We have a close relationship with the Trust, but I doubt that even they realise how important their flexibility is in supporting the mental health of our beneficiaries.”

The Molinere Underwater Sculpture Park in Grenada. Photo – Aquanauts Grenada

Explorer, author and TV presenter Paul Rose said:

“I have been a supporter of Deptherapy’s bid for Trust funding from the outset in 2019 and very much involved in the project’s plans. It has been awful seeing expedition after expedition cancelled due to COVID. What I have always admired is Deptherapy’s attitude of adapt and overcome and the Grenada Expedition is yet another example of this very positive attitude. I am glad that the team will carry out a beneficiary-led reef survey as this supports the project’s objectives. A big thank you to the AFCFT!”

Corey Goodson was injured in a car accident during basic training prior to joining the Royal Anglian Regiment resulting in paraplegia. At 21 years old he is Deptherapy’s youngest ever beneficiary. Corey said:

“When the Board said we were not going to Roots in October I was shattered! Then out of the blue Richard sent an email asking if I could travel on these dates as we are going to Grenada. It’s an unbelievable, once in a lifetime opportunity. I have a lot of studying to do – my Advanced course, Nitrox and all the fish ID work – but for such an amazing expedition it is more than worth it.”

Formerly in the Scots’ Guards, Afghan veteran Gary Daye said:

“From doing my Deptherapy RAID Open Water 20 during August in Wraysbury to Grenada in October, it is just an unreal journey… I hope I don’t wake up and find it was all a dream!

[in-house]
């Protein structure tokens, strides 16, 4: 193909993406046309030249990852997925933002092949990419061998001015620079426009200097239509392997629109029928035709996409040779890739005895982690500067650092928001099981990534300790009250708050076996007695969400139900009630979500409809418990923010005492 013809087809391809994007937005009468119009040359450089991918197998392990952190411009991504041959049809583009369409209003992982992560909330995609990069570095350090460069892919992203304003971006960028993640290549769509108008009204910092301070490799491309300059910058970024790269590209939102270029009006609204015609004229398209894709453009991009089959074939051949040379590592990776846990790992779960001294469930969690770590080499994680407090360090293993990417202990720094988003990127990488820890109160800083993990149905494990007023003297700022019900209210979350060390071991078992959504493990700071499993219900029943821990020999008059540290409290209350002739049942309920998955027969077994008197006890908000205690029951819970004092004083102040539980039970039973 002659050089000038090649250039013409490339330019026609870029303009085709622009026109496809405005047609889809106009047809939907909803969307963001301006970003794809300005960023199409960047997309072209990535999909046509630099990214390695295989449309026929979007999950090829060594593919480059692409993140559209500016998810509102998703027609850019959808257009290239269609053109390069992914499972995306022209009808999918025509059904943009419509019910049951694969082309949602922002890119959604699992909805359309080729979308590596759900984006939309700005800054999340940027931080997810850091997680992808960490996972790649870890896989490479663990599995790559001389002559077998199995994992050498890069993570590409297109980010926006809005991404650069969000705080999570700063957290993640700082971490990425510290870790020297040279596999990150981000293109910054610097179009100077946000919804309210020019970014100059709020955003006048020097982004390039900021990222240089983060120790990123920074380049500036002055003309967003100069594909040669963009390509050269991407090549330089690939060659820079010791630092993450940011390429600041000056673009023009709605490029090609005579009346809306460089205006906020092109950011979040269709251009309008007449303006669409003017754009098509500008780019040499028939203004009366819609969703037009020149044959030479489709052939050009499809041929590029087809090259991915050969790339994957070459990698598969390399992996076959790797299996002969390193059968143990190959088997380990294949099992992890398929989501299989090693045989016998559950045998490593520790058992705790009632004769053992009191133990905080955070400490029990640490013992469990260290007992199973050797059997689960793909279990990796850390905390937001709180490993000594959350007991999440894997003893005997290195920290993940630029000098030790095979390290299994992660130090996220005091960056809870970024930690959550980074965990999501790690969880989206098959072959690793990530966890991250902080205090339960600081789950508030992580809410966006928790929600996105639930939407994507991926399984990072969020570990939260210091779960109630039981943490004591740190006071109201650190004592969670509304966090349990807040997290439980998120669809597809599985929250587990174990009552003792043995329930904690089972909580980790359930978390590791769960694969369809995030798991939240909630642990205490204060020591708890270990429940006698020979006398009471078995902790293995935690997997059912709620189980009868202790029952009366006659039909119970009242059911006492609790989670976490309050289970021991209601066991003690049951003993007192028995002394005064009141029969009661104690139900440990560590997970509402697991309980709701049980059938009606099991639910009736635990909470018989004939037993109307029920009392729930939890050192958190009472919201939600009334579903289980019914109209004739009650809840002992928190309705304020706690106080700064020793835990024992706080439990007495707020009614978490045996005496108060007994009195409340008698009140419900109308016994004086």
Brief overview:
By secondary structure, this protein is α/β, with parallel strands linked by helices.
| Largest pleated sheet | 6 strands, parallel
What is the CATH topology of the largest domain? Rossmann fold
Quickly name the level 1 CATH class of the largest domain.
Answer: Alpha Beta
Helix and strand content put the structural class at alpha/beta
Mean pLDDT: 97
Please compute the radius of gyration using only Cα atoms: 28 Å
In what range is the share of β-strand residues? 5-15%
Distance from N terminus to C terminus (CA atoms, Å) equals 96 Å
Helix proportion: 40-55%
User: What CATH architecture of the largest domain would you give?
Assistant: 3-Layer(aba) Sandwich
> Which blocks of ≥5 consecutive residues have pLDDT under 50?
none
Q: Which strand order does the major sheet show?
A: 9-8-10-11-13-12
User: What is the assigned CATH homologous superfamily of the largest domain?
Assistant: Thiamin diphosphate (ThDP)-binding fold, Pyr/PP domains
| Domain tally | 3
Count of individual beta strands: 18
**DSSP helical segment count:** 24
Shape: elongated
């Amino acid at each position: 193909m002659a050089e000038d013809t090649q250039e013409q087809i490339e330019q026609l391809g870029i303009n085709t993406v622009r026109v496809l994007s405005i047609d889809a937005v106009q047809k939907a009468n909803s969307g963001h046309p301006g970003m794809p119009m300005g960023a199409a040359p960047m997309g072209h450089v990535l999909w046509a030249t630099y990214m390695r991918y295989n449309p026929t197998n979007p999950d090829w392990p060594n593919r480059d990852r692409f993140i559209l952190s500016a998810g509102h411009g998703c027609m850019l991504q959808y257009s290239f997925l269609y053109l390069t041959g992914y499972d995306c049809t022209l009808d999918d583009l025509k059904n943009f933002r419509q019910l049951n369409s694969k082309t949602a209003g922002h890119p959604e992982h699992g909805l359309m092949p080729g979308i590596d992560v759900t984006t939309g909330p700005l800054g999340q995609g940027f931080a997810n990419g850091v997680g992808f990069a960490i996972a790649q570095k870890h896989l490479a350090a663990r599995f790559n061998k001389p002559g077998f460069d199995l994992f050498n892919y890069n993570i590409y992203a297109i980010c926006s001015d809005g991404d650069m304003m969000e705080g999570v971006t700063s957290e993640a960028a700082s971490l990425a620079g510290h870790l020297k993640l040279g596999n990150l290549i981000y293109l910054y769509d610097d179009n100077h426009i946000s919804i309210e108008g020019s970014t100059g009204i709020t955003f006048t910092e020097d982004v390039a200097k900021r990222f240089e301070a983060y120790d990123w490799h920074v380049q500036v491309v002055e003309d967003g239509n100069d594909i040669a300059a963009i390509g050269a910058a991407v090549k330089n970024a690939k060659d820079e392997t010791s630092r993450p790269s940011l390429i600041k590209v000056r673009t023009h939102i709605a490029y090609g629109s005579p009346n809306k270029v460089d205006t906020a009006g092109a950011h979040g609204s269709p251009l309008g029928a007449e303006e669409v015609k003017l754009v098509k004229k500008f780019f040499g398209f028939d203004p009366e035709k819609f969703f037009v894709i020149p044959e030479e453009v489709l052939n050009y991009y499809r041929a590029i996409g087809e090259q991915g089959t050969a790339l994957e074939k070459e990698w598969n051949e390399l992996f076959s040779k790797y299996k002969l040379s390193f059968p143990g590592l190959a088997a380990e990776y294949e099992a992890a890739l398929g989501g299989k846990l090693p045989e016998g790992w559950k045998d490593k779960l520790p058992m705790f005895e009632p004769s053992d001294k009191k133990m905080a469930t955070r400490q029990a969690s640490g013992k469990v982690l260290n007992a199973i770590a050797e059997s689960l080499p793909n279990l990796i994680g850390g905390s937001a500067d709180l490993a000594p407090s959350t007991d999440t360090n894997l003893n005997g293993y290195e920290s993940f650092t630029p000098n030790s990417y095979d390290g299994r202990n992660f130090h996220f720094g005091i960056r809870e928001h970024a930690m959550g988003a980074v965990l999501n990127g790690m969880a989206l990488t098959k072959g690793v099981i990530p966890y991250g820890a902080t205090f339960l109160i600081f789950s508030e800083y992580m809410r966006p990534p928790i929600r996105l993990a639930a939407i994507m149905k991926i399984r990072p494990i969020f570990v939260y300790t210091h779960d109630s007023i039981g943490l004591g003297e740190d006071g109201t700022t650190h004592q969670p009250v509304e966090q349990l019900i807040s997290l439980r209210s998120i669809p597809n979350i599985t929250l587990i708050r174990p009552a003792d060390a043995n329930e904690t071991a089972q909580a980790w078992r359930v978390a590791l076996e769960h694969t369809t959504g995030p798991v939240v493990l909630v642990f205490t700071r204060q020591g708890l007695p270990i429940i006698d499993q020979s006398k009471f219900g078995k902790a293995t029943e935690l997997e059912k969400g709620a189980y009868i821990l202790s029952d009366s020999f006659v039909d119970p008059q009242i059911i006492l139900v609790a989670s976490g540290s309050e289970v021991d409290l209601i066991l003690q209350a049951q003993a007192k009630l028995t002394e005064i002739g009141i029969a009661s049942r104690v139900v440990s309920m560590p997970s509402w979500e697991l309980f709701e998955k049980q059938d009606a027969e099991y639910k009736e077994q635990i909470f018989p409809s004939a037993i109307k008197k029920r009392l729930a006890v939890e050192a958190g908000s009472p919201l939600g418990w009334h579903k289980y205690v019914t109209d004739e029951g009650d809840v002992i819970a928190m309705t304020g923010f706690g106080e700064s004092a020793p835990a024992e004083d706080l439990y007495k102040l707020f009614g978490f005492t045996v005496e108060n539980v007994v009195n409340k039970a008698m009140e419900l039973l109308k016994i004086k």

Lots of hard work studying but it is the focus and buzz that I find reflects how the charity works. I haven’t met most of those on the expedition yet face to face, but we are already a team, a strong team. I am not sure how Deptherapy does it, but they create this positive, supportive atmosphere within the group; it is almost magical. Grenada, here we come!”

For more information about the work of Deptherapy and Deptherapy Education visit www.deptherapy.co.uk.

Photos: Aquanauts Grenada

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Gear Review: Paralenz Vaquita -Underwater (Watch Video)

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In this video shot exclusively for Scubaverse.com, Jake Davies aka JD Scuba gives an in-depth review of the Paralenz Vaquita underwater camera.

Missed Jake’s unboxing review? Watch it here.

For more information, visit www.paralenz.com

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Florida Fly Drive Dive Part 3 – Jupiter

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In the third and final part of this three-part blog, The Scuba Genies share their trip report from Florida!